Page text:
A microfluidics system for drug susceptibility testing in mycobacterium smegmatis.
Luthuli, Brilliant Bonisile.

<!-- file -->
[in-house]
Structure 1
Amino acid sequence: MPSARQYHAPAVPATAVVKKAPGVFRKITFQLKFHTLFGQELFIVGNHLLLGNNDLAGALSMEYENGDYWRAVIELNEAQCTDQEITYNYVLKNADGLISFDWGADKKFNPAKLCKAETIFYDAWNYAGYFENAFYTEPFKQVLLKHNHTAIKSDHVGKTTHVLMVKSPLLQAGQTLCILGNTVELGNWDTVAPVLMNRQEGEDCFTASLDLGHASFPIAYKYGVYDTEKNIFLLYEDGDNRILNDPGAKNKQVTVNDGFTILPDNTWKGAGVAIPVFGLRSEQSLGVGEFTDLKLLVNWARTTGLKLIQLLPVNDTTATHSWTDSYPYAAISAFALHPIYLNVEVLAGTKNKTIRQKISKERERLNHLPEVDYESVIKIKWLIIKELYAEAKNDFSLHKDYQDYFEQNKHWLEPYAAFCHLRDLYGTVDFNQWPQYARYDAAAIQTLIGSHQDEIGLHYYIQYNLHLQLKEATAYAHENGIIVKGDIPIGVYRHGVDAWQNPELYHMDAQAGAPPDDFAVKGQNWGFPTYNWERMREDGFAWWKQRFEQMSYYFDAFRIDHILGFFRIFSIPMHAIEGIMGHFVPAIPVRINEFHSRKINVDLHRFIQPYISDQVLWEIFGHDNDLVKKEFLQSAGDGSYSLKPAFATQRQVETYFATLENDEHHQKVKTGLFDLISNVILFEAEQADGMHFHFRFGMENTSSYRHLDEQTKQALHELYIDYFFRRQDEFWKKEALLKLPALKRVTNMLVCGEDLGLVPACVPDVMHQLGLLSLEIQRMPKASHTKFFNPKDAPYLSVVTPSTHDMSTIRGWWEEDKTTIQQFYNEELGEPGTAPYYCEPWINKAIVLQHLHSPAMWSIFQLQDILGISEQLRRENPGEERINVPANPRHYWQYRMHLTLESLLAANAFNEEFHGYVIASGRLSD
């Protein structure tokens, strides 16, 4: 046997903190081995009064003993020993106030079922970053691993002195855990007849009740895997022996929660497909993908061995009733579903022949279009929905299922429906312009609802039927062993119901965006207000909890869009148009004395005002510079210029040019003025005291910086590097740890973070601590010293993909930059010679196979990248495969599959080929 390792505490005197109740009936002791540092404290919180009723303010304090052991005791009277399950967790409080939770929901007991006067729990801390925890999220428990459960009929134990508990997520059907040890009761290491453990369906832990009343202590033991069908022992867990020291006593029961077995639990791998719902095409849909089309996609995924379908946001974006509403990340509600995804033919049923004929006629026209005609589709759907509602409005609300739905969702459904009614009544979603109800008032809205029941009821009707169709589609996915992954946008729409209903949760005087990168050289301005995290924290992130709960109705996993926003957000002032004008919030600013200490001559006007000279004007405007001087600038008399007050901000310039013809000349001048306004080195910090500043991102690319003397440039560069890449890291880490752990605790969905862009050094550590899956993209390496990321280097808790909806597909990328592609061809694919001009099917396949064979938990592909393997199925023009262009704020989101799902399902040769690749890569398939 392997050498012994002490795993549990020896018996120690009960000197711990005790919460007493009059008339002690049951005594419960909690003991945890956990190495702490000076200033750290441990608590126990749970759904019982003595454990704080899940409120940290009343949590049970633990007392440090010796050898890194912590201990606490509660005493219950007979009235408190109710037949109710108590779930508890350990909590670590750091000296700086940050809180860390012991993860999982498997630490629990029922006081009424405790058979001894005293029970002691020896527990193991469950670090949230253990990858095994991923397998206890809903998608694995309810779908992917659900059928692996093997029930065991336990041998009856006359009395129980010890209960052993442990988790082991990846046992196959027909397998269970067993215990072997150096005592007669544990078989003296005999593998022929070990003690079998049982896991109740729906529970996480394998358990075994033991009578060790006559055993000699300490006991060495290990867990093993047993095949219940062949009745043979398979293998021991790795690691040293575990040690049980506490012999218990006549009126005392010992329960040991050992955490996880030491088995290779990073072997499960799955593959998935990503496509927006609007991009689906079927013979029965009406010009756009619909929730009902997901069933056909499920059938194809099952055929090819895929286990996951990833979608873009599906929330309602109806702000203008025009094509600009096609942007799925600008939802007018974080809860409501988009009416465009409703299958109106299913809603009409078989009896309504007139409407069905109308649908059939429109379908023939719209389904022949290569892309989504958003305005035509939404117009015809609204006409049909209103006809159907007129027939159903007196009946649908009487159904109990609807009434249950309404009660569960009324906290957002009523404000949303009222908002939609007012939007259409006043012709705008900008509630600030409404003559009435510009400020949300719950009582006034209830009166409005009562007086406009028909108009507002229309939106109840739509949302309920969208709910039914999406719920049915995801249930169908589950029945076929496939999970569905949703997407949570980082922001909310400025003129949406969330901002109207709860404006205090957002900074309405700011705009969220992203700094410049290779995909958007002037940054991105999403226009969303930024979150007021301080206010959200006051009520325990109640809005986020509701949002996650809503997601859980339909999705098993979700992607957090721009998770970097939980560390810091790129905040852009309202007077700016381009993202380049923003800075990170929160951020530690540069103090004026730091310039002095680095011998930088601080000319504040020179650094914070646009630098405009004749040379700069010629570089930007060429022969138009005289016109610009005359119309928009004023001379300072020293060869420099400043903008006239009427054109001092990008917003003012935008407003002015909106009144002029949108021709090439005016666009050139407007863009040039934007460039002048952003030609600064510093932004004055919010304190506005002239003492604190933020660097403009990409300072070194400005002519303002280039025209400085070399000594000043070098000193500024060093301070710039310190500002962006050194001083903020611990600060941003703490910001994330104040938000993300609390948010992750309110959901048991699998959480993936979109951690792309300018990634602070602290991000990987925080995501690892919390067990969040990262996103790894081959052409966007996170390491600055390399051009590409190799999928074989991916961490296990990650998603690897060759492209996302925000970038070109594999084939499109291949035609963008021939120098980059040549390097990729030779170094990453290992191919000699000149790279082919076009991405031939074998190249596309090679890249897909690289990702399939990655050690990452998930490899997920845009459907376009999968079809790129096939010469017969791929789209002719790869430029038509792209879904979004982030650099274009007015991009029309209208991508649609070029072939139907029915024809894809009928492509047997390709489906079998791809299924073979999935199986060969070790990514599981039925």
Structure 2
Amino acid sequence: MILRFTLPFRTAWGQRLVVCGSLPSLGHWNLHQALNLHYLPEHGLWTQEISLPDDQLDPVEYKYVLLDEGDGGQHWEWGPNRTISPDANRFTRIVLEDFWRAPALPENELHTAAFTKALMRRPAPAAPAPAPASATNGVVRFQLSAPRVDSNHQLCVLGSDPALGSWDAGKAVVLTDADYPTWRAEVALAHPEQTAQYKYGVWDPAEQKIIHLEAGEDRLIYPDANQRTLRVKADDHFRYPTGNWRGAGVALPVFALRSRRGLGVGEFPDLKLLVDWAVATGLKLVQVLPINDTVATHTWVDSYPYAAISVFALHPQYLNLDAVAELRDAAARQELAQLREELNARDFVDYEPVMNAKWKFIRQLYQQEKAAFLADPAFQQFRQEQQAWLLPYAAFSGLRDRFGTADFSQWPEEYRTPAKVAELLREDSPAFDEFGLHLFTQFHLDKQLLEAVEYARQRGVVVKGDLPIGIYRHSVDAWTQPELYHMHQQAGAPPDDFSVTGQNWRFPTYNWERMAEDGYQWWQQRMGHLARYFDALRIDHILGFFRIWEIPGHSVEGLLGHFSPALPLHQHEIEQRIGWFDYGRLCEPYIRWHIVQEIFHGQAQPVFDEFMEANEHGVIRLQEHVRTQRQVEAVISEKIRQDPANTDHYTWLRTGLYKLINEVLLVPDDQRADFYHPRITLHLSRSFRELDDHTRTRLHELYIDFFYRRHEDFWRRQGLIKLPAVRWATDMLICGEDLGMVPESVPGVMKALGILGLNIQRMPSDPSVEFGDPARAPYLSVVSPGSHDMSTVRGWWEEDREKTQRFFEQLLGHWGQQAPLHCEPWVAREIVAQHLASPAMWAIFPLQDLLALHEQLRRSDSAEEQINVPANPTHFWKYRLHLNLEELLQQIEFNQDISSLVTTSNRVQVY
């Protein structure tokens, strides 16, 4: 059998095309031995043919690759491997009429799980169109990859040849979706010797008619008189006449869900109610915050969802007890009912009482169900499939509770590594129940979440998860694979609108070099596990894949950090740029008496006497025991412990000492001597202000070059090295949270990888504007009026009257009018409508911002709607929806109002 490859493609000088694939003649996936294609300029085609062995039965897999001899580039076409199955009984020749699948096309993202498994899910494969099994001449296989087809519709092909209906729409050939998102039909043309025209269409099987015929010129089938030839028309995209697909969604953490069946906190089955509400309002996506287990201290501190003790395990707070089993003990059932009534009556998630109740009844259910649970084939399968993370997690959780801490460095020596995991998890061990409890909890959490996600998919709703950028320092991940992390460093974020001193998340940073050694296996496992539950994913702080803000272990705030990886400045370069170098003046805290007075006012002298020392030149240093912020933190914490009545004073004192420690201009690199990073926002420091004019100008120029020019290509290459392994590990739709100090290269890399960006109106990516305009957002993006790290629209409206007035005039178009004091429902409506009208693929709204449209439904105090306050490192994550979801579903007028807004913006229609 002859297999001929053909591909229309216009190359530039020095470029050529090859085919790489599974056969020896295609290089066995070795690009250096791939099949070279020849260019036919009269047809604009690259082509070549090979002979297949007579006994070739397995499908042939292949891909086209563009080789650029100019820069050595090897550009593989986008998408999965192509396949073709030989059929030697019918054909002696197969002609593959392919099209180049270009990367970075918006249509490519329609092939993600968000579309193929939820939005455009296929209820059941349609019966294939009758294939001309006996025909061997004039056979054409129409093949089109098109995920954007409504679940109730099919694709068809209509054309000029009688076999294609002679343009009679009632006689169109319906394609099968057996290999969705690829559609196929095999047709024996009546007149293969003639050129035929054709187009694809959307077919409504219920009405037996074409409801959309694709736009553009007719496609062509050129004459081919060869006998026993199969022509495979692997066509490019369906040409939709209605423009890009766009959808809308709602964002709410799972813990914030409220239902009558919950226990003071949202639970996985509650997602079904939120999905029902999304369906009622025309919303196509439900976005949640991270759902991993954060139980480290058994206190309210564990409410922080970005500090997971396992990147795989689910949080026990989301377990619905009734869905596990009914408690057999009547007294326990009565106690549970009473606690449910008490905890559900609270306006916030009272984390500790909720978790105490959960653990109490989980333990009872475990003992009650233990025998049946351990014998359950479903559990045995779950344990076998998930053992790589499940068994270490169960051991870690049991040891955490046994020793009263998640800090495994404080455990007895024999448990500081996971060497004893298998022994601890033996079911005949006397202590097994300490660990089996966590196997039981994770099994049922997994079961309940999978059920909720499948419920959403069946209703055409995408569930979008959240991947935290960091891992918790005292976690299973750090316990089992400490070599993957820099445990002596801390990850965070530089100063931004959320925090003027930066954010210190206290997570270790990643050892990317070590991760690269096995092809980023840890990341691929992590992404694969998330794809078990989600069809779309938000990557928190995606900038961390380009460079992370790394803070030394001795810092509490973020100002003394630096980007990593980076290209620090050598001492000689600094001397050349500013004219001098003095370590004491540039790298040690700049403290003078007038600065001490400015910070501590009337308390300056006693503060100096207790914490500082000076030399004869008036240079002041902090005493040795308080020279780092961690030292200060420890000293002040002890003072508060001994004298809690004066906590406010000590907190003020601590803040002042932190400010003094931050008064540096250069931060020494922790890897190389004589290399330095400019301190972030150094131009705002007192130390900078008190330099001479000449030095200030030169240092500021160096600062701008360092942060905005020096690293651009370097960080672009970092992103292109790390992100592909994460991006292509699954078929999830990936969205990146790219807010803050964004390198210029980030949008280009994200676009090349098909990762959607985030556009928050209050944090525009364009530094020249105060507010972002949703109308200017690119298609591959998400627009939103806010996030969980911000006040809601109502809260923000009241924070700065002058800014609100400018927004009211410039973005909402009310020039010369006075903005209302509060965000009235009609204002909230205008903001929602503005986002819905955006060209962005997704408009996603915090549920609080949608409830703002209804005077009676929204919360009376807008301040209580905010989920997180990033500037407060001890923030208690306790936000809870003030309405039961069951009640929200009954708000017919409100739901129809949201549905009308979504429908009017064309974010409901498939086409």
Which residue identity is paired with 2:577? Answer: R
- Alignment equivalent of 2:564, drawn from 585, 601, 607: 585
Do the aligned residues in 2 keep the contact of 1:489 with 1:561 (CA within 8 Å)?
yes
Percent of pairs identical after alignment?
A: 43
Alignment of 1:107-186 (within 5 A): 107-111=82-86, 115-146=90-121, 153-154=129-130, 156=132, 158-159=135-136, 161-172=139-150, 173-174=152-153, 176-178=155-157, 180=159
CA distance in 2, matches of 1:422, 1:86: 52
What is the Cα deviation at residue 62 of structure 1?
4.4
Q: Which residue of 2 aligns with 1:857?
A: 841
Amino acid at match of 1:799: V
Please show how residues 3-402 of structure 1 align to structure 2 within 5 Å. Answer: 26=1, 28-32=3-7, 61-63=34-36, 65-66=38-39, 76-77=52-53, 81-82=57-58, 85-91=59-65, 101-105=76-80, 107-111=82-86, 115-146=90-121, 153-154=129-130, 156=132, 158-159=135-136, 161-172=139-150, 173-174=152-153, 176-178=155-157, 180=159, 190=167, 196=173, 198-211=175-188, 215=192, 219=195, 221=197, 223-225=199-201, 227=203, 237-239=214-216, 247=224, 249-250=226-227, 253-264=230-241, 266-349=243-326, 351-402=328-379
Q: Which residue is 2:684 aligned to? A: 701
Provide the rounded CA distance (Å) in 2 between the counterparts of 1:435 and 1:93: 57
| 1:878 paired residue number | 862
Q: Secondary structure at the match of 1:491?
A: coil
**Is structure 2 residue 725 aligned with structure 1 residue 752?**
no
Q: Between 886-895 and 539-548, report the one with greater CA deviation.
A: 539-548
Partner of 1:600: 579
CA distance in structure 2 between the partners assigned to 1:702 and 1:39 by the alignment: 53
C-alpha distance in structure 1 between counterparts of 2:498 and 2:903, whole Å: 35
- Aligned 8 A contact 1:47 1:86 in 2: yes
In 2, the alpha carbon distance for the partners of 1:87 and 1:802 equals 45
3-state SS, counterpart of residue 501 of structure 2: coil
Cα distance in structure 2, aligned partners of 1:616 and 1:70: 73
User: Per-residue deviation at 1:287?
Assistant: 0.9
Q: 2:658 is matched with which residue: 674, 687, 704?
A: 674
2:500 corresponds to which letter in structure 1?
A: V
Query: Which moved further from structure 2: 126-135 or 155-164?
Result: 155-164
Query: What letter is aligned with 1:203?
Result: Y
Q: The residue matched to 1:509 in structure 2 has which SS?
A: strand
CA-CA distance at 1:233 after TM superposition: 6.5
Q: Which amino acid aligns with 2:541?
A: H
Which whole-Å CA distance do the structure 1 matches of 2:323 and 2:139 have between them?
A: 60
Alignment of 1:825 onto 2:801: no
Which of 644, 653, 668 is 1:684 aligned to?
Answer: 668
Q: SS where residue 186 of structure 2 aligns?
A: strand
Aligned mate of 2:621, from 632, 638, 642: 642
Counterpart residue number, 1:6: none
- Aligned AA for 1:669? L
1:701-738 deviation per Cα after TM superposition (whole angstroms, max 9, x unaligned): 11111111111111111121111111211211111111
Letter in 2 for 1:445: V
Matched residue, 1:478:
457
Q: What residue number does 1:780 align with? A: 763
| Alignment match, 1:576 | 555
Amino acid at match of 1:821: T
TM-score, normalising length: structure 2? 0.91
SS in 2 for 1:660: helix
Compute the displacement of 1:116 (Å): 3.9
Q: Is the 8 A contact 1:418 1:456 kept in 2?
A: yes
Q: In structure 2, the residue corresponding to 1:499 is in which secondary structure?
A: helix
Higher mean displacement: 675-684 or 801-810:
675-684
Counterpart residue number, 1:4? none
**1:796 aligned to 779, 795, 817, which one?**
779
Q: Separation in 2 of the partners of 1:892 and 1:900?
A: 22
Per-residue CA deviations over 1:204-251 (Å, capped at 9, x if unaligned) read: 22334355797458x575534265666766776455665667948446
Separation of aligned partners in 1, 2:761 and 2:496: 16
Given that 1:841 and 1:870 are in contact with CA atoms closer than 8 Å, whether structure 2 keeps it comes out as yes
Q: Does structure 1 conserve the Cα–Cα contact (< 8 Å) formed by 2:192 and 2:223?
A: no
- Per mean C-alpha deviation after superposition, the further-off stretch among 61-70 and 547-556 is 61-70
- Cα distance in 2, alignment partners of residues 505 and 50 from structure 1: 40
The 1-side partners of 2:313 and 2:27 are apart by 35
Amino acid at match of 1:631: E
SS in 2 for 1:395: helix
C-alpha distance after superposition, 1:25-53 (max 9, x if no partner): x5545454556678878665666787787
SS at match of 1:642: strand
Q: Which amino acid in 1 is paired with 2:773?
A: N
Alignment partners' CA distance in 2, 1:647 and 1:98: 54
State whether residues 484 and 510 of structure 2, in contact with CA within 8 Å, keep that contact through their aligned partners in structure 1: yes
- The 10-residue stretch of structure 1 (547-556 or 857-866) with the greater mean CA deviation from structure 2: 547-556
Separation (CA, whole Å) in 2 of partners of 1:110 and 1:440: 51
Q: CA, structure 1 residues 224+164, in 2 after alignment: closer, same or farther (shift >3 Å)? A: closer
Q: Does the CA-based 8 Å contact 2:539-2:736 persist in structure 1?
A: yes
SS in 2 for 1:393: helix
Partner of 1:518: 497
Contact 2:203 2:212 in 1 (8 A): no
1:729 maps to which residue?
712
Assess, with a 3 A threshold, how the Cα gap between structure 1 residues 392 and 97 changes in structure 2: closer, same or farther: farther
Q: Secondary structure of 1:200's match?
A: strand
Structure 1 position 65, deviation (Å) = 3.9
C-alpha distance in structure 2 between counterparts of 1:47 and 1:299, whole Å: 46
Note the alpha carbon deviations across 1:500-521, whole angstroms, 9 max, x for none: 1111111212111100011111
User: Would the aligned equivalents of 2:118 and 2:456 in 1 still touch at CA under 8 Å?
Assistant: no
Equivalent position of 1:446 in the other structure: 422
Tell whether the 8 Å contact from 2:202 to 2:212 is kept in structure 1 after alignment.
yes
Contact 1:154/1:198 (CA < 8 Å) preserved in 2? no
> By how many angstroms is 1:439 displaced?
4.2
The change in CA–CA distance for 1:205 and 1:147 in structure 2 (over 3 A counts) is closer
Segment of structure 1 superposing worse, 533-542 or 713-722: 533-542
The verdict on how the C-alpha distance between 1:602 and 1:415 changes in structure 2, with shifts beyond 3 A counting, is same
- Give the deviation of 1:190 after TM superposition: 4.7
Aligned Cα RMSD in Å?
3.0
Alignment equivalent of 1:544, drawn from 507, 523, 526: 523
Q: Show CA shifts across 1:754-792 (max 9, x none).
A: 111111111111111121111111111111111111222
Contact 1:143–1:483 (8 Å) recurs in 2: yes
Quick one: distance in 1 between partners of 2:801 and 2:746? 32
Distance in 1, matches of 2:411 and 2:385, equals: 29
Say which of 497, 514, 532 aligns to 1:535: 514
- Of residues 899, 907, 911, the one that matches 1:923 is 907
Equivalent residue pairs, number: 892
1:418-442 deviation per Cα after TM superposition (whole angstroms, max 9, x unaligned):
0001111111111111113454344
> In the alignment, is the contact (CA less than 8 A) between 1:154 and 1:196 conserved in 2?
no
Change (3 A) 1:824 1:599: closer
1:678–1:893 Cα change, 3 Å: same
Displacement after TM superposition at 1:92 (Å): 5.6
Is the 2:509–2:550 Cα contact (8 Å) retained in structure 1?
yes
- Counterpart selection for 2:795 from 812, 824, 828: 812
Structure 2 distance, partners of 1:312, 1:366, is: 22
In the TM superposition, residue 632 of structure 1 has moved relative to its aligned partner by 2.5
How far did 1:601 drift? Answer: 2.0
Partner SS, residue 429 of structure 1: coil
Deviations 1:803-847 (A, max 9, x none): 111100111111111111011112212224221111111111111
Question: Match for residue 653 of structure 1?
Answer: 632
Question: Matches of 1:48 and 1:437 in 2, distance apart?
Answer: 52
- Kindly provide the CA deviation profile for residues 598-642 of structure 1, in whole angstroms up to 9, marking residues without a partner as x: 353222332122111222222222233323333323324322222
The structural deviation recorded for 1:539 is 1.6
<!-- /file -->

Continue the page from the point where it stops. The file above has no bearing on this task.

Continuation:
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Tuberculosis remains a major health concern worldwide. The emergence of strains resistant to anti-tuberculosis drugs has further complicated management of this disease. In addition, the prolonged multidrug chemotherapy (6 to 9 months) required to effectively sterilize drug tolerant mycobacteria that persist in human tissues, impedes disease management efforts. Hence, drug susceptibility tests that can easily detect drug resistant strains in a minimal amount of time whilst detecting both genetic and phenotypic resistant mechanisms is one of the priorities of TB control programs. The aim of this project was to develop a culture-based drug susceptibility testing platform for tuberculosis using microfluidics technology. A microfluidic platform has many advantages such as large scale integration, high throughput screening, automation and requires minimal human involvement. Such qualities are ideal for a diagnostic test. We designed and built the microdialyser which is a physical cell culture system that has micro-sized cell culture chambers that are as small as 200 pL in volume, mimicking the volume of a membrane bound compartment of human macrophage—a cell that harbours TB bacilli. This system provides a unique advantage of performing drug susceptibility testing in a micro-sized environment which resembles an in vivo growth environment. With the miracle of miniaturization, the microdialyser can support 120 microdialyser units to operate independently. Since each microdialyser unit is very small it consume minimal reagents and therefore reduces costs. Each culture system is monitored in situ to provide automated, real time, non-invasive measurement of cell density. The microdialyser system was used to perform drug susceptibility tests using M. smegmatis cells. This system revealed an epigenetic drug-tolerant phenotype of M. smegmatis that appears when mycobacteria are cultured in a space-confined bioreactor and disappears in larger growth chambers with respect to rifampicin. We then investigated possible underlying mechanisms that caused the drug tolerance, which eluded detection in conventional culture systems. In view of these results we highly recommend that this system be further validated with M. tuberculosis isolates so that it can be employed for routine drug susceptibility testing in clinical settings.